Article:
and m= 50 and using only every second term, a0, a2, a4, . . . , a98, we expect
a relative error of 5.82850, or 38 correct, significant digits of S. Letting
k= 2 and m= 100, using all 100 available terms, we expect an error of
4.612100, or 66 correct digits.
Consider the constant (7), and rewrite it as
K=ζ1
2
X
i=0
(1)iζ(i+ 3/2)
2i+ 3
in order to bypass the singularity at z= 1. Suppose that the zeta-values
ζ(i/2+3/2) are available for i= 0,1,...,99. Using the first method gives
42 digits of S, while the second method gives 70 digits, in agreement with
our expectations. The second method can be carried out in Pari as follows:
T=subst(poltchebi(100),x,1-2*x)
Q=lift(1/Mod(1+x^2,T))
c(i)=polcoeff(Q,i)
a(i)=zeta(i/2+3/2)/(i+3)
K=zeta(1/2)-sum(i=0,99,c(i)*a(i))
We return to this example in Section 6.
Nilakantha’s accelerated series for π9
Remark 11.In the above example, it was assumed that the terms a0, a1,
...,a99 were simply given in advance. In practice, one might obviously have
to compute them first. Using k= 2 has the advantage that the integer
zeta-values ζ(n) are much faster to compute than the half-integer values
ζ(n+ 1/2). On the other hand, these values then need to be computed to a
precision of up to 10 extra digits due to the numerically larger coefficients ci.
Also, the cican be computed particularly efficiently for k= 1 (cf. [7]).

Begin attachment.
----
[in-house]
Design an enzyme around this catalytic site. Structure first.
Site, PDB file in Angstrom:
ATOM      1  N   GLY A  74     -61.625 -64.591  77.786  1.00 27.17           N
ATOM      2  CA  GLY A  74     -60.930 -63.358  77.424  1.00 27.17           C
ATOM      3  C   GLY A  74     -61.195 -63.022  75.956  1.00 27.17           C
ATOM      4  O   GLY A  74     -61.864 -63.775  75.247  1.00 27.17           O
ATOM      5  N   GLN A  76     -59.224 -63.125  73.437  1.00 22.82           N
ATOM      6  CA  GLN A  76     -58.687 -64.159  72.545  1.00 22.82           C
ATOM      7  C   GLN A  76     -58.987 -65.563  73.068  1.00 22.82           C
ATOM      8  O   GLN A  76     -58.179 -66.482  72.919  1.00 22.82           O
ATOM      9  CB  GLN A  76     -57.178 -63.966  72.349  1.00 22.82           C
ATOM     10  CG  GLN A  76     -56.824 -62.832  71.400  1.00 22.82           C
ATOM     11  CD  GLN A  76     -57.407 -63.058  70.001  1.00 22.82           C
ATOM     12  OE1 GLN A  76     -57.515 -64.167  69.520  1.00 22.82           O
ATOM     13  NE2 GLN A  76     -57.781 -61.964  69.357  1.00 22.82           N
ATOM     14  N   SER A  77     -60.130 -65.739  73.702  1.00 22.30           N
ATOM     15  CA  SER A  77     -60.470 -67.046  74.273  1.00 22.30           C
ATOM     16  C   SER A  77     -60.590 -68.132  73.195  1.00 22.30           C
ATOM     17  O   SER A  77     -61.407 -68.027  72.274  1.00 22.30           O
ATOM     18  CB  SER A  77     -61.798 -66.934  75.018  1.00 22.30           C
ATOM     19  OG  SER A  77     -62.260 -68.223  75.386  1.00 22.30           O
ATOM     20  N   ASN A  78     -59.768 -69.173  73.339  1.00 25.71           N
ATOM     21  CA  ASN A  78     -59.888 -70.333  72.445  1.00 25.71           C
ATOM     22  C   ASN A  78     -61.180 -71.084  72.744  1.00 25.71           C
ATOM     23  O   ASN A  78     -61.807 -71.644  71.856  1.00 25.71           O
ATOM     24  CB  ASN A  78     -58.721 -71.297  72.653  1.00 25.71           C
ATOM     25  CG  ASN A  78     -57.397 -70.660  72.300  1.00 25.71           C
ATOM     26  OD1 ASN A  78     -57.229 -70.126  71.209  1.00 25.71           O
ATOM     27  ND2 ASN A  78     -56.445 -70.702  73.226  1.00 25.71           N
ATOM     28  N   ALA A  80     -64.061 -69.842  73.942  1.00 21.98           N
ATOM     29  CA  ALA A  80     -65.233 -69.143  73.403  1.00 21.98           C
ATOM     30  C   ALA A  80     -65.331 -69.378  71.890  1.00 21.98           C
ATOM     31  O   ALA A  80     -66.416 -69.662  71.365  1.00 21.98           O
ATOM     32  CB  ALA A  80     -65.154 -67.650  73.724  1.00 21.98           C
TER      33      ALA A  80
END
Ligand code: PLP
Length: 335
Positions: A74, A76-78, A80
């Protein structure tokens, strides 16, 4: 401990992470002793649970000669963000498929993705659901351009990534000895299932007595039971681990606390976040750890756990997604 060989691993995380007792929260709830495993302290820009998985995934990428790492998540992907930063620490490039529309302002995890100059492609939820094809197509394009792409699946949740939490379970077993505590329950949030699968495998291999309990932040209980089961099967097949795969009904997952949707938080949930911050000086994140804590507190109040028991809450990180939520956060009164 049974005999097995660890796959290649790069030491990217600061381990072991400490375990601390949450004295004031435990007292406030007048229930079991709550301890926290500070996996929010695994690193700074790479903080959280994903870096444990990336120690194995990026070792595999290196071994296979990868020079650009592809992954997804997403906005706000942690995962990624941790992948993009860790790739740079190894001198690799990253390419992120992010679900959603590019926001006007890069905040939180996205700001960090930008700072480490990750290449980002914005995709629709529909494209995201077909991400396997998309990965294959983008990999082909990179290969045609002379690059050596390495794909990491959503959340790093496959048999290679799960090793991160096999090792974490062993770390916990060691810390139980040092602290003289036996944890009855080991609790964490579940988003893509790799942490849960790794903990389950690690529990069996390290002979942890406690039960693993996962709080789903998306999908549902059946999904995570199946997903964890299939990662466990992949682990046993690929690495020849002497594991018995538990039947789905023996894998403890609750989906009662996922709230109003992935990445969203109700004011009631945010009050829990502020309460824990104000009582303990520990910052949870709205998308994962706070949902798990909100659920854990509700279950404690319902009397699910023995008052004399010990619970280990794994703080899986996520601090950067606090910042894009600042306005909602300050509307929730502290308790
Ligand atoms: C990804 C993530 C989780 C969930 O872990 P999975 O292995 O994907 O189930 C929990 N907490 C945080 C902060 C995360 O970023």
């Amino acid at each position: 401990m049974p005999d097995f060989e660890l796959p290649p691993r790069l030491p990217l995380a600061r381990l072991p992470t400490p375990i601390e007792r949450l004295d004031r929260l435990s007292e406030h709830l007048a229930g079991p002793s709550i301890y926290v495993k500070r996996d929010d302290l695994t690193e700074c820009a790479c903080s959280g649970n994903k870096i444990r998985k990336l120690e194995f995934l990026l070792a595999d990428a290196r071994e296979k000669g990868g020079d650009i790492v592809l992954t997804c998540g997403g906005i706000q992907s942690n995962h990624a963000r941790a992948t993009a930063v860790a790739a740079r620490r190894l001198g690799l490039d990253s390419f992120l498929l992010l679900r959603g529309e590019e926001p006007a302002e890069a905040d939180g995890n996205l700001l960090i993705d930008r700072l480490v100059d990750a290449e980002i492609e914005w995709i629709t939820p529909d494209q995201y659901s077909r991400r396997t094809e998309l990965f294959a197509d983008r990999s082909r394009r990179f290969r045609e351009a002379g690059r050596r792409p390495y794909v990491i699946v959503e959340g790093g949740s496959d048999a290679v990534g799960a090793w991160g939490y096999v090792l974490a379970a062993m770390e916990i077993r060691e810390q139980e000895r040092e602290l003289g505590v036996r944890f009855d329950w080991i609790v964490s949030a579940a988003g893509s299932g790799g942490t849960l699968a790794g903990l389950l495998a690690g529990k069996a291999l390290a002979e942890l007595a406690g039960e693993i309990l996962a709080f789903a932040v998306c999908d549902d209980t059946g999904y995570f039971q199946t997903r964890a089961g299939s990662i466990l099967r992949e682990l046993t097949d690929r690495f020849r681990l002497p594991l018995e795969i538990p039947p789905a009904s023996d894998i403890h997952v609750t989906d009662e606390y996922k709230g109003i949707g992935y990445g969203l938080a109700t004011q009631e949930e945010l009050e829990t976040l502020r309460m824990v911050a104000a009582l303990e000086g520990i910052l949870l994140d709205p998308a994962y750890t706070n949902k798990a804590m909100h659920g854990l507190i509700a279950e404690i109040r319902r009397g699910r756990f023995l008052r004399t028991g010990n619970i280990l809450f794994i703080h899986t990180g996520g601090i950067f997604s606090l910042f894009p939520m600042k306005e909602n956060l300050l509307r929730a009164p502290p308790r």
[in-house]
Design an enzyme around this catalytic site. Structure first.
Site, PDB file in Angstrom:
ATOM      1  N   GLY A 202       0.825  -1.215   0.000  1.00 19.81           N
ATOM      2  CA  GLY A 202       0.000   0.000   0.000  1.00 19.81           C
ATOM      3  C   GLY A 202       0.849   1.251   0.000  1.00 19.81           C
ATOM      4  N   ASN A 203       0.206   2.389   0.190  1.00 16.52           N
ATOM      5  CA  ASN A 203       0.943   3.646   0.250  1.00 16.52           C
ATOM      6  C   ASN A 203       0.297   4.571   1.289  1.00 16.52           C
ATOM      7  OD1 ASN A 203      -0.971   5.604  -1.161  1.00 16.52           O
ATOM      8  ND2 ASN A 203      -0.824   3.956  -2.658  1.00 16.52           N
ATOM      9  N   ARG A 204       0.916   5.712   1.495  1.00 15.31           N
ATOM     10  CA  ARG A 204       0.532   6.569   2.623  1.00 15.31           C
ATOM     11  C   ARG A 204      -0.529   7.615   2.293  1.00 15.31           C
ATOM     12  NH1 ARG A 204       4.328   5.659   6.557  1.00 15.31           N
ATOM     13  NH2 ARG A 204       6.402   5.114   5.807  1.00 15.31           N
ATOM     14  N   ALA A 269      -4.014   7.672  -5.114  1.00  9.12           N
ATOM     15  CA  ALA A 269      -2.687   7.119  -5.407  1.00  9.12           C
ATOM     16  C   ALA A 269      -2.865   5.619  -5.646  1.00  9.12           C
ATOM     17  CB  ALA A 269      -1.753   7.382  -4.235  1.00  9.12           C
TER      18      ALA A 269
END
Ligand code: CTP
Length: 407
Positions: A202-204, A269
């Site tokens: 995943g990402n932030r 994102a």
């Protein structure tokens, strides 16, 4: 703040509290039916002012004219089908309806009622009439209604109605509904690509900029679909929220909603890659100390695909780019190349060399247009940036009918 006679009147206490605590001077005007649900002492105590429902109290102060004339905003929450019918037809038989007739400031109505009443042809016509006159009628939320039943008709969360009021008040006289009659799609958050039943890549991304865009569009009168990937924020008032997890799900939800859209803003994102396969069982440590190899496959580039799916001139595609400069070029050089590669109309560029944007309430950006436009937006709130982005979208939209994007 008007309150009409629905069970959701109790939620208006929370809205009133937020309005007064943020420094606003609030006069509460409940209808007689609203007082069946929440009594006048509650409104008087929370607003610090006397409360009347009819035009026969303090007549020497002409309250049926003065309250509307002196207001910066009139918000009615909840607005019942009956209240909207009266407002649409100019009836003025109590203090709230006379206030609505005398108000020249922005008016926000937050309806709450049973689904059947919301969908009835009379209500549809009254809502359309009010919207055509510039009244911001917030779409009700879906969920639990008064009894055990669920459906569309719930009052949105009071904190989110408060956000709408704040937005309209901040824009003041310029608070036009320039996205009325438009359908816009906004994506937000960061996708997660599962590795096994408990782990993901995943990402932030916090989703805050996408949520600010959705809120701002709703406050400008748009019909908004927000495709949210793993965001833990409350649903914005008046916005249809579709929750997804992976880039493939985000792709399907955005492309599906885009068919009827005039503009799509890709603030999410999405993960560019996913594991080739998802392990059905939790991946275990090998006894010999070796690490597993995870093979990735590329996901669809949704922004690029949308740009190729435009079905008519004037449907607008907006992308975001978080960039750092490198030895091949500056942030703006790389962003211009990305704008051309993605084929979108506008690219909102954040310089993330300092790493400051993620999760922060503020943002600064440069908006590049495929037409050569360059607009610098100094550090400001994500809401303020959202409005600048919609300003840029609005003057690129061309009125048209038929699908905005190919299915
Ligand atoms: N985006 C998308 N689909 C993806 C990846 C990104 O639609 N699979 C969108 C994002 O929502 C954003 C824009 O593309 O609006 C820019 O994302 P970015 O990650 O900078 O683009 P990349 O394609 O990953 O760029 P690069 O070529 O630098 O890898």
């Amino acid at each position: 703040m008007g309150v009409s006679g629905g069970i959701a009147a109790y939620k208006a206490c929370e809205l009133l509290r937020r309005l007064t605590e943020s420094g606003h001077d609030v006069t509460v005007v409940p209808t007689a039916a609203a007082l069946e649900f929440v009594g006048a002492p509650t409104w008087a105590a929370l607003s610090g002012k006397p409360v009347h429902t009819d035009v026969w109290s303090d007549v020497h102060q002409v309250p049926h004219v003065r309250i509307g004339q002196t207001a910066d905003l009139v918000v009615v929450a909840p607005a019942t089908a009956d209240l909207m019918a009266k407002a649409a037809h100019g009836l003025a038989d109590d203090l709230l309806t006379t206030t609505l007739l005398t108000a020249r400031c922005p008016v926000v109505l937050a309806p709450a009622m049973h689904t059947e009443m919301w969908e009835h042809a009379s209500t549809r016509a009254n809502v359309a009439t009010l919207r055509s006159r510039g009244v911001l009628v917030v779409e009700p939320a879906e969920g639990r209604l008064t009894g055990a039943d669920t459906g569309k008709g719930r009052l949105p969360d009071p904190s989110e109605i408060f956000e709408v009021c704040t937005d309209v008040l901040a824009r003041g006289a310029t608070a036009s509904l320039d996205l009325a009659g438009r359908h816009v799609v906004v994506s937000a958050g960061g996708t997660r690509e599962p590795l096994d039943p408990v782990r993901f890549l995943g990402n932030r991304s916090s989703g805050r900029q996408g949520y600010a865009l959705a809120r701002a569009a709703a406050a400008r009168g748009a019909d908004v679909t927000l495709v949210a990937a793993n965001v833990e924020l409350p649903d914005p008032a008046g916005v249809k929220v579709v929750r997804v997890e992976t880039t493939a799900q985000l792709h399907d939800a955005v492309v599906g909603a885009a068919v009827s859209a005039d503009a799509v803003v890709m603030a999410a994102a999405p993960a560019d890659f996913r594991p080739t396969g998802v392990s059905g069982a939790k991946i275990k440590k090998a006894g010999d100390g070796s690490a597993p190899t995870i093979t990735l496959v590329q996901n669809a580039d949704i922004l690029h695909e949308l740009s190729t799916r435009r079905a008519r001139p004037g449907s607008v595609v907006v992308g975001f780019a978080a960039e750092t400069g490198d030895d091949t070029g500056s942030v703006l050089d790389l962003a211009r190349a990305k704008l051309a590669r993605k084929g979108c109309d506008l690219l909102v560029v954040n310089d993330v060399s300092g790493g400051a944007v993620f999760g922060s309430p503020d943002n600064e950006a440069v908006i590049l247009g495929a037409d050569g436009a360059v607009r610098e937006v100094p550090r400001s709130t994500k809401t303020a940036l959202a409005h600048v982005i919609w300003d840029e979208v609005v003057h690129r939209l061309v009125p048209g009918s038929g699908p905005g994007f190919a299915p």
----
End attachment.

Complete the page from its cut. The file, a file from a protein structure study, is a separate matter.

Remark 12.For k= 2, we can compare the (optimal) value λ= 4.612
obtained from Chebyshev polynomials with the values λ=M1/deg Pfrom
the polynomials P(x) given in Section 3. Of these, the Nilakantha trans-
formation (21) has the best convergence, i.e., λ= 2.381. The other three
transformations (25) have λ= 1.414, 2.252, 2.378, respectively.
5. Geometrically converging series. Let µbe a finite, signed mea-
sure on [0,1] with arbitrary moments (8), and consider the alternating, ge-
ometrically converging series
(26) S=
1
0
1 + θxk=
X
i=0
(θ)iaki
for k1 and 0 < θ < 1. Let P(x) be given as in (10) with P(u/θ1/k) = 1
for uk=1, and write
Q(x) = 1P(x)
1 + θxk.
As before, we define a sequence of measures µ(n)with (n)=P(x)nand
moments (12), and we get a sequence of transformed series
S(n)=
1
0
(n)
1 + θxk
with differences (14) as well as an accelerated series (16) with S(n)=
O(Mn), where Mis the maximum of |P(x)|on [0,1].
Example 13.The arcus tangent series
(27) arctan θ
θ=
X
i=0
(θ)i
2i+ 1
has the form (26) with k= 1 and ai= 1/(2i+ 1). To accelerate it, P(x)
must satisfy P(1) = 1, and we can take any product of
θx, θ(1 x)
θ+ 1 .
10 D. Brink
Letting
(28) P(x) = θ(1 x)
θ+ 1
and using (20) gives Euler’s accelerated series
(29) arctan θ
θ=1
θ+ 1
X
n=04θ
θ+ 1nn!n!
(2n+ 1)!
with M=θ/(θ+ 1).
Note that the original series (27) converges for |θ|<1, whereas the
accelerated series (29) converges for |θ|<|θ+ 1|, or Re(θ)>1/2. The pre-
ceding discussion shows that the two series agree for 0 < θ < 1. The Identity
Theorem for holomorphic functions and the fact that uniform convergence
preserves holomorphicity show that (29) holds for Re(θ)>1/2.